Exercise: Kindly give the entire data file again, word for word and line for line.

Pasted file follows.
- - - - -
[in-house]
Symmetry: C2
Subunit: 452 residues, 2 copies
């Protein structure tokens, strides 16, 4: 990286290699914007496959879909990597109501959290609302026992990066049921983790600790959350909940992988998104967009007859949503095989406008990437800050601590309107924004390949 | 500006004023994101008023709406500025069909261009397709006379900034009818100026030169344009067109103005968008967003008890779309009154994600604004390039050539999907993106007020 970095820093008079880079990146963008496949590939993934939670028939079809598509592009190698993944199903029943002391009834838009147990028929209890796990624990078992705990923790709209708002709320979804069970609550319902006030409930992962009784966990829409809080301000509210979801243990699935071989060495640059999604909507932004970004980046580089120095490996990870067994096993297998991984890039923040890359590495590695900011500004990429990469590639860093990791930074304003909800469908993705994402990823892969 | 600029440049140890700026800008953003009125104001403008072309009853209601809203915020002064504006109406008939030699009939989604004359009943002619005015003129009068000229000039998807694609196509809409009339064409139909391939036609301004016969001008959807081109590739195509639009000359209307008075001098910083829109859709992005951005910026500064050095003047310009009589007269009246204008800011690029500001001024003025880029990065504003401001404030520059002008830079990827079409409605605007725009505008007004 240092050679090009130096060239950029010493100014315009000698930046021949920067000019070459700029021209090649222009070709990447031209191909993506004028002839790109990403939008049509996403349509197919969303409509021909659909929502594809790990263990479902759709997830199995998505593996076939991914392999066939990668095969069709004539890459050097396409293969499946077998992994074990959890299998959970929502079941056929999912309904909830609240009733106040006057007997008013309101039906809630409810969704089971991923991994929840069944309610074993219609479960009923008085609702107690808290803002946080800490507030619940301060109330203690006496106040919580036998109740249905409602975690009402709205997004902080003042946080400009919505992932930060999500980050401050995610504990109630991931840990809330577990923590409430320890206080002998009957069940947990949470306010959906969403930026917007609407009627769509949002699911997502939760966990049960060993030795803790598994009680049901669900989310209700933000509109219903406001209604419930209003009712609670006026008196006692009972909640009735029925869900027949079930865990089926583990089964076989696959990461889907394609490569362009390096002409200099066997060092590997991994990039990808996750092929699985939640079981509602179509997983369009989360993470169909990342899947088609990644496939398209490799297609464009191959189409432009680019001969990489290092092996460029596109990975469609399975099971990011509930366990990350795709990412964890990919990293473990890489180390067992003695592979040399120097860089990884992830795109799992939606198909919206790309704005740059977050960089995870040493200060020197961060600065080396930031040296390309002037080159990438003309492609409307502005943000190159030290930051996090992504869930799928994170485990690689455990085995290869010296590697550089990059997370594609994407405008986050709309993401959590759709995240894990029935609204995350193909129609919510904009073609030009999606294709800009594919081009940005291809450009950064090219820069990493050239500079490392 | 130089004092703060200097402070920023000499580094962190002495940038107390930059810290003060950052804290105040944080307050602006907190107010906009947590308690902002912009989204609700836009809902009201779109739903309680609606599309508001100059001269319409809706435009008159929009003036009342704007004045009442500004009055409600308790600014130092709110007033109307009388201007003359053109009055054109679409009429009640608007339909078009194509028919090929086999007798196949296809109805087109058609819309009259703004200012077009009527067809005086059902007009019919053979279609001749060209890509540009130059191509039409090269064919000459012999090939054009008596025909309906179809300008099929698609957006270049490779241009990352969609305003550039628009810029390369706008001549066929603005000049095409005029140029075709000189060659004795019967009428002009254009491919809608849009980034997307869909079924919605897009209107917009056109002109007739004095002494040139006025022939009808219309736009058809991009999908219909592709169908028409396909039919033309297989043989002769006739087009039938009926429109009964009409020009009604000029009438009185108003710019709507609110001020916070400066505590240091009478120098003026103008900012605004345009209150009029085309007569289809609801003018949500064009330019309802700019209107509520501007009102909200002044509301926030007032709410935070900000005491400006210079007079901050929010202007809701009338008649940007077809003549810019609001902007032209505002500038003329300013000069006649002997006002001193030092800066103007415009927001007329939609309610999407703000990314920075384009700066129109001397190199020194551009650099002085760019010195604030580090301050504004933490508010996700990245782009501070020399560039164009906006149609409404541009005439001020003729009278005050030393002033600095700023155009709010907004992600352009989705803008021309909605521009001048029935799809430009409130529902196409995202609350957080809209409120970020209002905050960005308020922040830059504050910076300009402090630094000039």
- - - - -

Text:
[in-house]
Symmetry: C2
Subunit: 452 residues, 2 copies
């Protein structure tokens, strides 16, 4: 990286290699914007496959879909990597109501959290609302026992990066049921983790600790959350909940992988998104967009007859949503095989406008990437800050601590309107924004390949 | 500006004023994101008023709406500025069909261009397709006379900034009818100026030169344009067109103005968008967003008890779309009154994600604004390039050539999907993106007020 970095820093008079880079990146963008496949590939993934939670028939079809598509592009190698993944199903029943002391009834838009147990028929209890796990624990078992705990923790709209708002709320979804069970609550319902006030409930992962009784966990829409809080301000509210979801243990699935071989060495640059999604909507932004970004980046580089120095490996990870067994096993297998991984890039923040890359590495590695900011500004990429990469590639860093990791930074304003909800469908993705994402990823892969 | 600029440049140890700026800008953003009125104001403008072309009853209601809203915020002064504006109406008939030699009939989604004359009943002619005015003129009068000229000039998807694609196509809409009339064409139909391939036609301004016969001008959807081109590739195509639009000359209307008075001098910083829109859709992005951005910026500064050095003047310009009589007269009246204008800011690029500001001024003025880029990065504003401001404030520059002008830079990827079409409605605007725009505008007004 240092050679090009130096060239950029010493100014315009000698930046021949920067000019070459700029021209090649222009070709990447031209191909993506004028002839790109990403939008049509996403349509197919969303409509021909659909929502594809790990263990479902759709997830199995998505593996076939991914392999066939990668095969069709004539890459050097396409293969499946077998992994074990959890299998959970929502079941056929999912309904909830609240009733106040006057007997008013309101039906809630409810969704089971991923991994929840069944309610074993219609479960009923008085609702107690808290803002946080800490507030619940301060109330203690006496106040919580036998109740249905409602975690009402709205997004902080003042946080400009919505992932930060999500980050401050995610504990109630991931840990809330577990923590409430320890206080002998009957069940947990949470306010959906969403930026917007609407009627769509949002699911997502939760966990049960060993030795803790598994009680049901669900989310209700933000509109219903406001209604419930209003009712609670006026008196006692009972909640009735029925869900027949079930865990089926583990089964076989696959990461889907394609490569362009390096002409200099066997060092590997991994990039990808996750092929699985939640079981509602179509997983369009989360993470169909990342899947088609990644496939398209490799297609464009191959189409432009680019001969990489290092092996460029596109990975469609399975099971990011509930366990990350795709990412964890990919990293473990890489180390067992003695592979040399120097860089990884992830795109799992939606198909919206790309704005740059977050960089995870040493200060020197961060600065080396930031040296390309002037080159990438003309492609409307502005943000190159030290930051996090992504869930799928994170485990690689455990085995290869010296590697550089990059997370594609994407405008986050709309993401959590759709995240894990029935609204995350193909129609919510904009073609030009999606294709800009594919081009940005291809450009950064090219820069990493050239500079490392 | 130089004092703060200097402070920023000499580094962190002495940038107390930059810290003060950052804290105040944080307050602006907190107010906009947590308690902002912009989204609700836009809902009201779109739903309680609606599309508001100059001269319409809706435009008159929009003036009342704007004045009442500004009055409600308790600014130092709110007033109307009388201007003359053109009055054109679409009429009640608007339909078009194509028919090929086999007798196949296809109805087109058609819309009259703004200012077009009527067809005086059902007009019919053979279609001749060209890509540009130059191509039409090269064919000459012999090939054009008596025909309906179809300008099929698609957006270049490779241009990352969609305003550039628009810029390369706008001549066929603005000049095409005029140029075709000189060659004795019967009428002009254009491919809608849009980034997307869909079924919605897009209107917009056109002109007739004095002494040139006025022939009808219309736009058809991009999908219909592709169908028409396909039919033309297989043989002769006739087009039938009926429109009964009409020009009604000029009438009185108003710019709507609110001020916070400066505590240091009478120098003026103008900012605004345009209150009029085309007569289809609801003018949500064009330019309802700019209107509520501007009102909200002044509301926030007032709410935070900000005491400006210079007079901050929010202007809701009338008649940007077809003549810019609001902007032209505002500038003329300013000069006649002997006002001193030092800066103007415009927001007329939609309610999407703000990314920075384009700066129109001397190199020194551009650099002085760019010195604030580090301050504004933490508010996700990245782009501070020399560039164009906006149609409404541009005439001020003729009278005050030393002033600095700023155009709010907004992600352009989705803008021309909605521009001048029935799809430009409130529902196409995202609350957080809209409120970020209002905050960005308020922040830059504050910076300009402090630094000039």